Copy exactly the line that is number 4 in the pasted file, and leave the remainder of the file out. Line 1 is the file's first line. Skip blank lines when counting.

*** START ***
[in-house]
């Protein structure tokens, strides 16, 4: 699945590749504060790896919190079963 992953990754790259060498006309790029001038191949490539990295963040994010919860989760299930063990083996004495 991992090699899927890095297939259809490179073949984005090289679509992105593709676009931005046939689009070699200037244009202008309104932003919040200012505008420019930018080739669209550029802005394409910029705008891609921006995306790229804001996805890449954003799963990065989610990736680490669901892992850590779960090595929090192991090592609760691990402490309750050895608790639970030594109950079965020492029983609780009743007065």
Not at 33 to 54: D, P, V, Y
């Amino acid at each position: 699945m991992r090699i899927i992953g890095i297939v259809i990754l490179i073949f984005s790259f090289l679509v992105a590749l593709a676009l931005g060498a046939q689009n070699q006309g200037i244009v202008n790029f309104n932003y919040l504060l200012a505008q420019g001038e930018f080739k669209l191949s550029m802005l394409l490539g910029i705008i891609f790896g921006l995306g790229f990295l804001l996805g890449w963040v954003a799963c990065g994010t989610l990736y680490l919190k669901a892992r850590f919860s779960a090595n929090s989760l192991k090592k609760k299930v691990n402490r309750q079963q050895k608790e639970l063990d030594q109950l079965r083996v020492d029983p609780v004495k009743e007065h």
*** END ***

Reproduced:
């Amino acid at each position: 699945m991992r090699i899927i992953g890095i297939v259809i990754l490179i073949f984005s790259f090289l679509v992105a590749l593709a676009l931005g060498a046939q689009n070699q006309g200037i244009v202008n790029f309104n932003y919040l504060l200012a505008q420019g001038e930018f080739k669209l191949s550029m802005l394409l490539g910029i705008i891609f790896g921006l995306g790229f990295l804001l996805g890449w963040v954003a799963c990065g994010t989610l990736y680490l919190k669901a892992r850590f919860s779960a090595n929090s989760l192991k090592k609760k299930v691990n402490r309750q079963q050895k608790e639970l063990d030594q109950l079965r083996v020492d029983p609780v004495k009743e007065h």